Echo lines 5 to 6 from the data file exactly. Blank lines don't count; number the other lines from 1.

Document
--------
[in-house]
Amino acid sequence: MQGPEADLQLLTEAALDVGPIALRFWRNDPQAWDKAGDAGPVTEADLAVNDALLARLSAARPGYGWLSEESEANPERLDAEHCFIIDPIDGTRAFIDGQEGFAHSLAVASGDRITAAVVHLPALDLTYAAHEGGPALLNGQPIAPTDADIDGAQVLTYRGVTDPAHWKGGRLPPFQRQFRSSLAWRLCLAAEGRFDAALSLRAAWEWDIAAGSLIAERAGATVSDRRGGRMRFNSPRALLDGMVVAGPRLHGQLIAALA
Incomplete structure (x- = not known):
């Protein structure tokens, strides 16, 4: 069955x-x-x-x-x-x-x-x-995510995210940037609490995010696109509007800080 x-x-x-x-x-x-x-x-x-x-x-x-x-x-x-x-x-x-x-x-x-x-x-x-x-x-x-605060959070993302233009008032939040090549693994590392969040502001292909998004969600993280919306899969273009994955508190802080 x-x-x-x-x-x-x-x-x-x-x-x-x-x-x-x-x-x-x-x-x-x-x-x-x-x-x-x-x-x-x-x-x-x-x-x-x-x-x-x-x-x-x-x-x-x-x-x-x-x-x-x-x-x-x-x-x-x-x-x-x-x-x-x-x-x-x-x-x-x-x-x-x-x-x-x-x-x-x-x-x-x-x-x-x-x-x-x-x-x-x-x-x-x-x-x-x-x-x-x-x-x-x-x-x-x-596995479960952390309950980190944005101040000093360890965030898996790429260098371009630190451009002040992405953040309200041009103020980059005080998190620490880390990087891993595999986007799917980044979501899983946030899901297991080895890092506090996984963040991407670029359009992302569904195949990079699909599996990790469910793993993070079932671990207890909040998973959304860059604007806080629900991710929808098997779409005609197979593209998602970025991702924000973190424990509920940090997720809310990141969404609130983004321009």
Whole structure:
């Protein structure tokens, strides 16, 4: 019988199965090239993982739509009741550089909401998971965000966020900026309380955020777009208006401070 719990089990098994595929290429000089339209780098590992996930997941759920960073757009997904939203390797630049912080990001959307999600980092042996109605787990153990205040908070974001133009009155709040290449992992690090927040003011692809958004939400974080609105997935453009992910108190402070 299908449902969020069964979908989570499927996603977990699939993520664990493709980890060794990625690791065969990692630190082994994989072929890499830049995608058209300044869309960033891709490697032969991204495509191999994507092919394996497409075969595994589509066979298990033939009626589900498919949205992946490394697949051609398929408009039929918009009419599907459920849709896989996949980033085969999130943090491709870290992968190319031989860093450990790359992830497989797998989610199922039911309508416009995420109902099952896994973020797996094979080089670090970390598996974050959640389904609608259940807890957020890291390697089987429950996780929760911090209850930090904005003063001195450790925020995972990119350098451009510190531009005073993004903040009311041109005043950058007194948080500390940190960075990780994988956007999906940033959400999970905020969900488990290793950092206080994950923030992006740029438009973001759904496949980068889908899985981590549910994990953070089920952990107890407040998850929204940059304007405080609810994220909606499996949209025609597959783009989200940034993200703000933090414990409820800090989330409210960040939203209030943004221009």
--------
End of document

Whole structure:
């Protein structure tokens, strides 16, 4: 019988199965090239993982739509009741550089909401998971965000966020900026309380955020777009208006401070 719990089990098994595929290429000089339209780098590992996930997941759920960073757009997904939203390797630049912080990001959307999600980092042996109605787990153990205040908070974001133009009155709040290449992992690090927040003011692809958004939400974080609105997935453009992910108190402070 299908449902969020069964979908989570499927996603977990699939993520664990493709980890060794990625690791065969990692630190082994994989072929890499830049995608058209300044869309960033891709490697032969991204495509191999994507092919394996497409075969595994589509066979298990033939009626589900498919949205992946490394697949051609398929408009039929918009009419599907459920849709896989996949980033085969999130943090491709870290992968190319031989860093450990790359992830497989797998989610199922039911309508416009995420109902099952896994973020797996094979080089670090970390598996974050959640389904609608259940807890957020890291390697089987429950996780929760911090209850930090904005003063001195450790925020995972990119350098451009510190531009005073993004903040009311041109005043950058007194948080500390940190960075990780994988956007999906940033959400999970905020969900488990290793950092206080994950923030992006740029438009973001759904496949980068889908899985981590549910994990953070089920952990107890407040998850929204940059304007405080609810994220909606499996949209025609597959783009989200940034993200703000933090414990409820800090989330409210960040939203209030943004221009």